Tompkins et al. (18) were the first to study the transport mechanism by which plasma LDL crosses the endothelium and accumulates in the subendothelial space of heart valves. They obtained transvalve ^{125}I-labeled LDL profiles in various regions of squirrel monkey valve leaflets after 30-min ^{125}I-labeled LDL circulation and found very disparate profile shapes and magnitudes between different leaflets and even between different regions of the same leaflet. Their simple one-dimensional diffusion-only model could mimic individual profiles, each with a separate set of parameters, but, not surprisingly, was too simple to explain the large observed variation. In Part I (21) we used short-circulation time horseradish peroxidase (HRP) studies to find isolated HRP spots, indicating that large molecules mainly traversed the valve endothelium through rare hot spots, and that these spots grew too fast to be consistent with any realistic diffusion-only model. In Part II (22) we set up a two-dimensional (2D) convection-diffusion model (Fig. 3*A*) that, using a single set of parameters, explained all of Tompkins et al.'s (18) transvalve profiles as well as our (22) independent HRP spot size growth extremely well. The crux of this 2D model was that water passes through all junctions, but the macromolecules crosses predominantly through the junctions around rare (e.g., mitotic, dying, or other) endothelial cells whose junctions are significantly widened. The subendothelial flow then spreads the macromolecules in directions parallel to the endothelium in the very thin, low-solid-fraction immediate subendothelial region, resulting in the observed rapid HRP spot growth, before they progress in the direction of the overall pressure gradient (present only when the valve is closed) from the aortic to the ventricular aspect. A radial pressure gradient arising from the different permeability of normal and leaky junctions drives this radial flow/advection. The mismatch in void fractions between the immediate subendothelial region and the bulk of the valve tissue keeps tracer initially adjacent to the endothelium, despite the absence of an internal elastic lamina to act as a barrier. The model quantitatively shows that the large variation in Tompkins et al.'s (18) profiles could be due to different numbers/distributions of leaks and different proximities of the sections examined to these leaks. We use this 2D model (Fig. 3*B*) to predict the time-dependent LDL concentration distribution in the valve's subendothelial region where it can bind to extracellular matrix. Note how the LDL concentration decays as a function of the distance *r* from the center of a leak to a small, leak-independent value at large *r*.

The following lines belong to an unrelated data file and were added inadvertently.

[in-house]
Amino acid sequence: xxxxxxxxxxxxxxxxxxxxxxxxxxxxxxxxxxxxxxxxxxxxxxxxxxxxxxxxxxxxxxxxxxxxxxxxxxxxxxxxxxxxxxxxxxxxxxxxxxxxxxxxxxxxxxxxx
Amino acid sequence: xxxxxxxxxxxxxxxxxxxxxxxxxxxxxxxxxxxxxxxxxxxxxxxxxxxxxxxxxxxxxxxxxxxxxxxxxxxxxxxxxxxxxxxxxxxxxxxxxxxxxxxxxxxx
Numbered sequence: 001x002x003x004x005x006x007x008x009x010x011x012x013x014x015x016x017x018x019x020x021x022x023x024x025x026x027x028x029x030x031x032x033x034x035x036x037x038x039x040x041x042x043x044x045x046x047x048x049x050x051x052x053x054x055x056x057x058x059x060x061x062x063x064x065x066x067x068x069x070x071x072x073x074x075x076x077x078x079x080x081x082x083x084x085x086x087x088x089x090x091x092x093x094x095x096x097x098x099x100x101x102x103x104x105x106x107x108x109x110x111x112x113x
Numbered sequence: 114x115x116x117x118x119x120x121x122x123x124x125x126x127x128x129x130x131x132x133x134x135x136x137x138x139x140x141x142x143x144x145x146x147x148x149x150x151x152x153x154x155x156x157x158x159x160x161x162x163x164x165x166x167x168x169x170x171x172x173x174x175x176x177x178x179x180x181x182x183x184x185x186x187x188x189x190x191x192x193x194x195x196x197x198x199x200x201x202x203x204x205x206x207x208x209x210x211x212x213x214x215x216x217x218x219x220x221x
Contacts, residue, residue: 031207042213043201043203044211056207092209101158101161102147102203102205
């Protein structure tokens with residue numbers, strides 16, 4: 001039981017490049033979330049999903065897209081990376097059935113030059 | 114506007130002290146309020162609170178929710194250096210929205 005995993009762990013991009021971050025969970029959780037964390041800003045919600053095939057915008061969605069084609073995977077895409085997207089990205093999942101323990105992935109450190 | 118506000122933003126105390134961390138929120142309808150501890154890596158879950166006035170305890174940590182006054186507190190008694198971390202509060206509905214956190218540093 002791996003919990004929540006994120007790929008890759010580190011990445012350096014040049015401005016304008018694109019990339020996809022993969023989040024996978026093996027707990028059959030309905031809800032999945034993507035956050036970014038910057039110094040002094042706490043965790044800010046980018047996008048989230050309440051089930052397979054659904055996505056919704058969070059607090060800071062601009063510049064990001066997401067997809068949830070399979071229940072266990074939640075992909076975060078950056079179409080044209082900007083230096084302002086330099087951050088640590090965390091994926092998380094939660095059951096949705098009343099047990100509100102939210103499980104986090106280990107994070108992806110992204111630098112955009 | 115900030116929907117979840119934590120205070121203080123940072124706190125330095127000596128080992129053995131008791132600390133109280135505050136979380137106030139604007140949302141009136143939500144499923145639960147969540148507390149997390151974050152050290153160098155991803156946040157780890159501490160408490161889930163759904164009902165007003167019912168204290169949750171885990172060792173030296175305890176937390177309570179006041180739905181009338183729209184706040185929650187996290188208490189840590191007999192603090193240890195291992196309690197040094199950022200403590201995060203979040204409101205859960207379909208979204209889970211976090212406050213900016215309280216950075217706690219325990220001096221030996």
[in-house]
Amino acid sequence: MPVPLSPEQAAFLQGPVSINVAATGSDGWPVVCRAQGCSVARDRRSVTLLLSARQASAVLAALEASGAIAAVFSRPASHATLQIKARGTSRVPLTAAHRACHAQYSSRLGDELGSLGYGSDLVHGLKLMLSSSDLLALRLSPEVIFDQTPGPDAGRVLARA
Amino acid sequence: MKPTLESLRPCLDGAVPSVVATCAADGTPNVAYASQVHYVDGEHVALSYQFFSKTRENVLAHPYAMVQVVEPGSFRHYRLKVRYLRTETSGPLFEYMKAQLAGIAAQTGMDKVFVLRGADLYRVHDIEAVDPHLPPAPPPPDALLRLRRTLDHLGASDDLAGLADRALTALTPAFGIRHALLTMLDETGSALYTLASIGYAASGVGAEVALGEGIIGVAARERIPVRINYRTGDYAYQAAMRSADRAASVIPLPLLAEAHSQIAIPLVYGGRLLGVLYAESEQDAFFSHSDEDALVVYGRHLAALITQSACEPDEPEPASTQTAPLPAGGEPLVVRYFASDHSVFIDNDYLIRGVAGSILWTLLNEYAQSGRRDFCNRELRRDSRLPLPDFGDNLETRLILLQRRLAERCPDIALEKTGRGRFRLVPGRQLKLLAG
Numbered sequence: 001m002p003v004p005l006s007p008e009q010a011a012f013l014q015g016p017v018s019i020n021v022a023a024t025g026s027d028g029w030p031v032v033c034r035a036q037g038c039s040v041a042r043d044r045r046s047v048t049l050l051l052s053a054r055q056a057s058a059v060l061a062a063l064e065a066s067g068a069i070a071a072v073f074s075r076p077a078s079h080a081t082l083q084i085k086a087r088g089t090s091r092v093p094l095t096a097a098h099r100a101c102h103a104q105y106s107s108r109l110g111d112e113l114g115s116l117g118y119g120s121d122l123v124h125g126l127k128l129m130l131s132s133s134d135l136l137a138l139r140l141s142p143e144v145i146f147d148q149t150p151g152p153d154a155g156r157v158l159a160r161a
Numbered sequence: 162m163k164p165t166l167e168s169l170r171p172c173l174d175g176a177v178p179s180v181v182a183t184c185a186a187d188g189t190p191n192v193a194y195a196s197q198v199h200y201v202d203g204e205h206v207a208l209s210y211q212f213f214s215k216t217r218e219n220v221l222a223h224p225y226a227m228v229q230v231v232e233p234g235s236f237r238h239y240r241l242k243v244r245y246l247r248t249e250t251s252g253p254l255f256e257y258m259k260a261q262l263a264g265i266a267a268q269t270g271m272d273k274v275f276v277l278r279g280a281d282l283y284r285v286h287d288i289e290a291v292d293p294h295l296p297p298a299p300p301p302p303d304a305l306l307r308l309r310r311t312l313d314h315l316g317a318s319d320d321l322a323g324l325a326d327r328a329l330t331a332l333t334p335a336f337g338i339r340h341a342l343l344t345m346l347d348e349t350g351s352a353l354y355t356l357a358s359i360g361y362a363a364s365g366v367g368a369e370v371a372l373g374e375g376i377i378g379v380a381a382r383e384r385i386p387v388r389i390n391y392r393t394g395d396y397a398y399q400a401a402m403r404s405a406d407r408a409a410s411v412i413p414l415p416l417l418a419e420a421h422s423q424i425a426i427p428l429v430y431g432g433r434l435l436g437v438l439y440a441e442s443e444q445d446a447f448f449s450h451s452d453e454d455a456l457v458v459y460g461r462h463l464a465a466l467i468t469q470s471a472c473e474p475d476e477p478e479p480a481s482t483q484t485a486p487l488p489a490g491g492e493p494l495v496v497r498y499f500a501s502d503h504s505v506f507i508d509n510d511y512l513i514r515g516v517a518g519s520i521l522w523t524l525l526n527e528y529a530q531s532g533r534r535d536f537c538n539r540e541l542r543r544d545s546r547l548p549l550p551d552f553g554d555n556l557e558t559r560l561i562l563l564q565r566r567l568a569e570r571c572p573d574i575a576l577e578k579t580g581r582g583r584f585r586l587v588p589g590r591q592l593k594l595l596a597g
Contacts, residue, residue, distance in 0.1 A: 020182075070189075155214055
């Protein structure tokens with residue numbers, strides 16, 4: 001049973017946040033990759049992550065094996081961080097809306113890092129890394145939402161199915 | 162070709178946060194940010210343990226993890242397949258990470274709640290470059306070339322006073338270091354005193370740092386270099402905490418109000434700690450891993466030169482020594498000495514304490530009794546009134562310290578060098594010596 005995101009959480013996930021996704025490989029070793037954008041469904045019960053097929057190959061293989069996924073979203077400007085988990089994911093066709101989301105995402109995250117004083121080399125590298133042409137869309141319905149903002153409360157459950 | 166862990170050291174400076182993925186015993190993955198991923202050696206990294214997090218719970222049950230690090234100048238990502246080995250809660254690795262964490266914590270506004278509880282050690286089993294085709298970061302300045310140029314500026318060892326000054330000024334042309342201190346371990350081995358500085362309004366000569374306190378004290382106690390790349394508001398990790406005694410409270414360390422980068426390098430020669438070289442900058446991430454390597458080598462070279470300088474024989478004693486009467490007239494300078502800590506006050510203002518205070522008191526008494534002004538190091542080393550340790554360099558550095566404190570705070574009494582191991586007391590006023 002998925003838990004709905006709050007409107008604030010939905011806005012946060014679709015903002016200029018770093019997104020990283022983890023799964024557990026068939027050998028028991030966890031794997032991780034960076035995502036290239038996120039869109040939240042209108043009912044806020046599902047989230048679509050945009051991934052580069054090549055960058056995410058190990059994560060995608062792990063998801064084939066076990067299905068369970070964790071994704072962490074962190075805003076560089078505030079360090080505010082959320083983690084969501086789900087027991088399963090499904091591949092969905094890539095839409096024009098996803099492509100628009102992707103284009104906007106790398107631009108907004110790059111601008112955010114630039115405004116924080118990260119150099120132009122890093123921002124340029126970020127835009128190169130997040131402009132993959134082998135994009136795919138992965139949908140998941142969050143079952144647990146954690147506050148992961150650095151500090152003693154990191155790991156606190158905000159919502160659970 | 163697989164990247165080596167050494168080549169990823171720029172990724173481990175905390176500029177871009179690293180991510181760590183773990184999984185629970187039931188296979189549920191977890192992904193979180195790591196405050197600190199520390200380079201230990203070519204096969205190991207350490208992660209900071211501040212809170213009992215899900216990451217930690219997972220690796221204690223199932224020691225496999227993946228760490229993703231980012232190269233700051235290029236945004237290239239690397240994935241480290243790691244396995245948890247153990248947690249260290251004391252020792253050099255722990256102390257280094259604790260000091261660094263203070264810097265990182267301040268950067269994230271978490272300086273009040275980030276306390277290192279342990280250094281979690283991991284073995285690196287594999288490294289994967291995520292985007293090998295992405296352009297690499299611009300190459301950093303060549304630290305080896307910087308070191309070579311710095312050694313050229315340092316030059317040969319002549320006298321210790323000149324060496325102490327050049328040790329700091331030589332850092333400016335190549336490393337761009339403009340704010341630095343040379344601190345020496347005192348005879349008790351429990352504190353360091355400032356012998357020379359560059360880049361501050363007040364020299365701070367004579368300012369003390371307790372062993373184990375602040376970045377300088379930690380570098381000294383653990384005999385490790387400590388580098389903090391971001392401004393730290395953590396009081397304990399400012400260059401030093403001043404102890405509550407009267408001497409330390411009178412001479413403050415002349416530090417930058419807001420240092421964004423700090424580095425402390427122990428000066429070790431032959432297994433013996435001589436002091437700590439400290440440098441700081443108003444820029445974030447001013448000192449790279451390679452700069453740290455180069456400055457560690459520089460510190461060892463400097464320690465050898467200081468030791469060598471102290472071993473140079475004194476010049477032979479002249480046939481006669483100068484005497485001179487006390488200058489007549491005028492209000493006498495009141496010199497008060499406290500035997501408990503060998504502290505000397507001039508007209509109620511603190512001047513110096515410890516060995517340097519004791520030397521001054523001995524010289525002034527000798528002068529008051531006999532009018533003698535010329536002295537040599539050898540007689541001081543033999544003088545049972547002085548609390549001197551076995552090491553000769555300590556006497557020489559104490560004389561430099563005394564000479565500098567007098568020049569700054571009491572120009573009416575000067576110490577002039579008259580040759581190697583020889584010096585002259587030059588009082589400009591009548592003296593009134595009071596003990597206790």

Yin et al. (20) proposed a mathematical model to describe liposome formation and growth in the arterial intima. The model postulated that liposome formation and growth resembles classic nucleation-polymerization processes and that large liposomes form in regions with prolonged high LDL concentrations, e.g., leak centers or regions where leaks overlap. Only small liposomes would form in low-LDL-concentration spot peripheries. We use Yin et al.'s (20) models to predict liposome formation and growth in valve leaflets from free lipid delivered to the tissue by Part II's (22) mechanism and compare with the data in Fig. 2. We note that Part II's transport parameters derive from rat data and the liposome data are for the rabbit. Liposomes have not been observed in fed rats, and extensive transport data, which require large numbers of animals, has only been taken in rats. Whereas it would be better to have both from the same species, this same approach successfully described liposome formation in the aortic intima.

#### Description of mathematical models.

As described in Ref. 20, the simplest nucleation-polymerization model begins with (*Eq. 1a*) a free LDL (*L*) attaching to abundant extracellular matrix (concentration lumped into the rate constant *k*_{0}) to form (nucleated) liposomes *M*_{1} composed of the lipid from a single LDL particle. This first-order “reaction” is the simplest way to model liposome initiation. (1a) (1b) *Equation 1b* models liposome growth proceeding via an existing liposome *M*_{j} of size *j* appending a free LDL particle to become a liposome *M*_{j+1} of size *j* + 1. Because of the lack of data and to minimize the number of free parameters, we assume that the rate constant, *k*_{1}, for the “polymerization” reaction is independent of the number *j* of “monomers.” In Ref. 20, this model with an appropriately chosen *k*_{1} produced essentially zero superlarge liposomes in the arterial intimae of even the 5-mo-old WHHL rabbits, as observed in Ref. 6. Since Fig. 2 contains a small amount of superlarge liposomes, we also consider one of Yin et al.'s (20) higher models that includes the fusing/merging of two existing liposomes to form a larger one, i.e., (1c) Again, we presume that the merging constant, *k*_{m}, for any pair of existing liposomes does not depend on their sizes, *j* or *k*. If the same symbol is used to represent both a species and its concentration, the kinetic equations corresponding to the above model are (2a) (2b) where *t* is experimental time and *n* is a dummy variable. Simply setting *k*_{m} = 0 recovers the simple model's (*Eqs. 1a*–*b*) kinetics.